Friday's protest, which began around 10 a.m. and lasted for two hours, began in front of the Communications Ministry, and ended at the Justice Ministry, according to photojournalist Kelly Randriamampianina. Protestors, some covering their face with gags in a show of protest, waved signs reading "No to arrests of journalists," "Press freedom," "Threats against journalists: no! no! no!" among others.
The protestors were showing solidarity for Ramanatsoavina, a
presenter held in
As the bitter power struggle between military-backed leader Andry Rajoelina and rival Ravalomanana deepened this year, local Malagasy media deeply split along partisan loyalties, according to CPJ research. The two politicians turned the broadcast stations they own into outlets for propaganda and hostile rhetoric toward their rival.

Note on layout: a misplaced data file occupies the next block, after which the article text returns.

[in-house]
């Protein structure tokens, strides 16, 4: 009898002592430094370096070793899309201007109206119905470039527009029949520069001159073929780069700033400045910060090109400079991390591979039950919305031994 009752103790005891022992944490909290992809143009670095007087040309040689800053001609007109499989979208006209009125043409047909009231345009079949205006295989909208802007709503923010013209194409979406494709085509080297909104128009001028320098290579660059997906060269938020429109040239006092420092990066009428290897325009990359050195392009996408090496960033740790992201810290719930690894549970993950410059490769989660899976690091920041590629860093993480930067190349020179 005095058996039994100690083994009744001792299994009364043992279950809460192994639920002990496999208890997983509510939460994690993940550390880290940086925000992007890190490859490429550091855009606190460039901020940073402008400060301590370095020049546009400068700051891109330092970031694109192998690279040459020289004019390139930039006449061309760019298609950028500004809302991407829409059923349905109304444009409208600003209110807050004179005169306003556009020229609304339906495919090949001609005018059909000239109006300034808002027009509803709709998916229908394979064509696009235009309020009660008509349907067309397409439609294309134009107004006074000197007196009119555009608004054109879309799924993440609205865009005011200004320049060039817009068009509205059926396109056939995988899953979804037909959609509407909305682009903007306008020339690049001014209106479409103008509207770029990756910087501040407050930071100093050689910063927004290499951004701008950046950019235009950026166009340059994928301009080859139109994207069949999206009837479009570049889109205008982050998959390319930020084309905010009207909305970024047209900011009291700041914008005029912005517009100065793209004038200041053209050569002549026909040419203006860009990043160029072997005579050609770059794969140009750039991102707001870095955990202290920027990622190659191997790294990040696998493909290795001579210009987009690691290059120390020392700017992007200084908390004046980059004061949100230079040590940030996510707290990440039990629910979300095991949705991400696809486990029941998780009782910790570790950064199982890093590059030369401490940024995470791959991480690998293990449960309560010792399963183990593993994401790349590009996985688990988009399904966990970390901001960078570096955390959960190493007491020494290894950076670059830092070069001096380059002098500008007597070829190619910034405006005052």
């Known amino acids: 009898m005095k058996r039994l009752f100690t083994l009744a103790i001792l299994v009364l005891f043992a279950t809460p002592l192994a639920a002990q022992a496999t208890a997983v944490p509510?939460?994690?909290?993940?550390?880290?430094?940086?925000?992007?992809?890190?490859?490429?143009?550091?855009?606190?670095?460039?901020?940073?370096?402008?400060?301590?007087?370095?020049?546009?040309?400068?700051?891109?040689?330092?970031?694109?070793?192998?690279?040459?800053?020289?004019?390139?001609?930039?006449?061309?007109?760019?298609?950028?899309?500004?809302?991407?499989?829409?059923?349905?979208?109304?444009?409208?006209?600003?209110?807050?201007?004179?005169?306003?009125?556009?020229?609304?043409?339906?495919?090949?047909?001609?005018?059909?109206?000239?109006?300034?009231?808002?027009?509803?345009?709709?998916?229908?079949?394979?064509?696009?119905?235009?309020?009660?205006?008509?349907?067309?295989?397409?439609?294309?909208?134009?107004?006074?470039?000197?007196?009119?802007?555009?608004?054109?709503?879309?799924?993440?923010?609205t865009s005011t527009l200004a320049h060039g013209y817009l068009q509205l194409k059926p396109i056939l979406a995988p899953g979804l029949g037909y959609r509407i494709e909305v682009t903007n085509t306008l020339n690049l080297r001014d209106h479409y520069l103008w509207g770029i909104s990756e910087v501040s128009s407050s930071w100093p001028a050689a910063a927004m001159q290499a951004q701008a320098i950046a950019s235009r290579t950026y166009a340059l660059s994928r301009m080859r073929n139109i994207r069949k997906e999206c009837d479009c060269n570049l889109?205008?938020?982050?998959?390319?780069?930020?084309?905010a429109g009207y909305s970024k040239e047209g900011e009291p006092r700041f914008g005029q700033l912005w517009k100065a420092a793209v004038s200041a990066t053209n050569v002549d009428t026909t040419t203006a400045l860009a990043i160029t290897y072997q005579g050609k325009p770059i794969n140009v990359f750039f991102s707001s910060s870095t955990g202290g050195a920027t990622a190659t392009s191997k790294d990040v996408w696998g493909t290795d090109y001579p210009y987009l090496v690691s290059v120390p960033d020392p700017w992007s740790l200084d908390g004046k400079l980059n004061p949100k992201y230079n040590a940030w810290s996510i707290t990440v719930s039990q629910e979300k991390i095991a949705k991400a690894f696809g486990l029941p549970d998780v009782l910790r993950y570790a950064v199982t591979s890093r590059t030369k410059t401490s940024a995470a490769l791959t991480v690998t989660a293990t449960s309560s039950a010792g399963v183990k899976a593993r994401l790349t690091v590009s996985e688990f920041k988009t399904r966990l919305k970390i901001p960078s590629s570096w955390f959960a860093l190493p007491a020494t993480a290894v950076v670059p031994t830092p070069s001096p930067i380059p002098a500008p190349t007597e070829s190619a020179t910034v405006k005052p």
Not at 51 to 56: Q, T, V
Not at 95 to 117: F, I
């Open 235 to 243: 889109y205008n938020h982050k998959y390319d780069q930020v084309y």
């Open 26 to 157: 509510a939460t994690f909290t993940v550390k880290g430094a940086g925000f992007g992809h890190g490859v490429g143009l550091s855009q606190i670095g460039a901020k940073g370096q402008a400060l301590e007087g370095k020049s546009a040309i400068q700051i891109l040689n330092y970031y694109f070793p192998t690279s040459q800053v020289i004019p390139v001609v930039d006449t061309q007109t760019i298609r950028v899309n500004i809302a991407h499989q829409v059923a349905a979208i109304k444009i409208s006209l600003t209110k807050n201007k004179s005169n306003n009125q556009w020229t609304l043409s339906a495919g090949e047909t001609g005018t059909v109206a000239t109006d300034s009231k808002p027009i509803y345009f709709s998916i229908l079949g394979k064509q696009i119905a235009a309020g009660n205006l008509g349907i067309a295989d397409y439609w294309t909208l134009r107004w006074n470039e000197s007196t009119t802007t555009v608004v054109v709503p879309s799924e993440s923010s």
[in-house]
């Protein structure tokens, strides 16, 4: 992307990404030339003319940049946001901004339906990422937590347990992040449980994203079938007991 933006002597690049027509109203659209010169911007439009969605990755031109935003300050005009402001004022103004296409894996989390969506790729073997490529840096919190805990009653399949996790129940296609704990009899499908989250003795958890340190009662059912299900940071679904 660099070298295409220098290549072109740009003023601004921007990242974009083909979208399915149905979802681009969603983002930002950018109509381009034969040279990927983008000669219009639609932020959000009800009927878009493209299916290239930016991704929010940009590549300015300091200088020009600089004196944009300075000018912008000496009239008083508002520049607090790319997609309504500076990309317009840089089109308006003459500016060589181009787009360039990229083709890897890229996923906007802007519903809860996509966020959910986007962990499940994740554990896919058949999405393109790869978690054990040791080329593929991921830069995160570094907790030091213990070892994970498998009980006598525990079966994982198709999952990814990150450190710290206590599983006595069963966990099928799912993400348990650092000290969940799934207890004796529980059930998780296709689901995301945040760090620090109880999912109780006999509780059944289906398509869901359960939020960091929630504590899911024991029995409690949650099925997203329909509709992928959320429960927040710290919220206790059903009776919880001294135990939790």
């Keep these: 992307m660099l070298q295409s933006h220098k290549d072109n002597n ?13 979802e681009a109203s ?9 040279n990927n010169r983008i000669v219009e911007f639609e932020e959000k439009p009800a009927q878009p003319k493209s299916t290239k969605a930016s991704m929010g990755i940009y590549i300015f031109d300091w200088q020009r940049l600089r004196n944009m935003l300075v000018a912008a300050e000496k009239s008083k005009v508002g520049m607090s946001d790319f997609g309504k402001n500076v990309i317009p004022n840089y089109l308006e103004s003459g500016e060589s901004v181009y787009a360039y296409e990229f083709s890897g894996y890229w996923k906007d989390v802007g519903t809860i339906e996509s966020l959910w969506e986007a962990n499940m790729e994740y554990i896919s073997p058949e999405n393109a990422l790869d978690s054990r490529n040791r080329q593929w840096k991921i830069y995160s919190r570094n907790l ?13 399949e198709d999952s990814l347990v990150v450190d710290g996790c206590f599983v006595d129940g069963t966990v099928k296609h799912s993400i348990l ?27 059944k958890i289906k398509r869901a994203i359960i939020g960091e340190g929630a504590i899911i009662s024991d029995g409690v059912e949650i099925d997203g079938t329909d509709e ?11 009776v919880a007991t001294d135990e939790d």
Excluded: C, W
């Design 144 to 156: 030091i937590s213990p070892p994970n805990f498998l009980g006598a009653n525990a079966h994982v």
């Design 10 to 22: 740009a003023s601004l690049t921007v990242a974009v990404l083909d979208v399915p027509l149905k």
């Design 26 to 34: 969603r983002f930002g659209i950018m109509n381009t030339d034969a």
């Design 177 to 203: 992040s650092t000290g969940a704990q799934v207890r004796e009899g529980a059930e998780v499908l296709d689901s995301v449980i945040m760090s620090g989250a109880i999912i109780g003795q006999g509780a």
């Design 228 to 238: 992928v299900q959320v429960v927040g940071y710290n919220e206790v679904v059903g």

In this deadly tit-for-tat media war, both men have taken turns silencing their rival's outlets. While in power, the administration of former president Ravalomanana banned and raided Rajoelina's broadcaster, Viva, on grounds that the station "incited civil disobedience"--prompting Rajoelina's supporters to burn down two stations controlled by Ravalomanana.
The tables turned in March, with Ravalomanana's ouster in a military takeover that brought Rajoelina to power. Since then, Rajoelina's administration, the High Transitional Authority, banned Ravalomanana's Radio Mada and jailed Ramanatsoavina on similarly vague accusations. This month, Communications Minister Gilbert Raharizatovo said Radio Mada was broadcasting illegally and accused the station of "inciting [the public] to civil war," according to the private daily Madagascar Tribune. Déjà vu?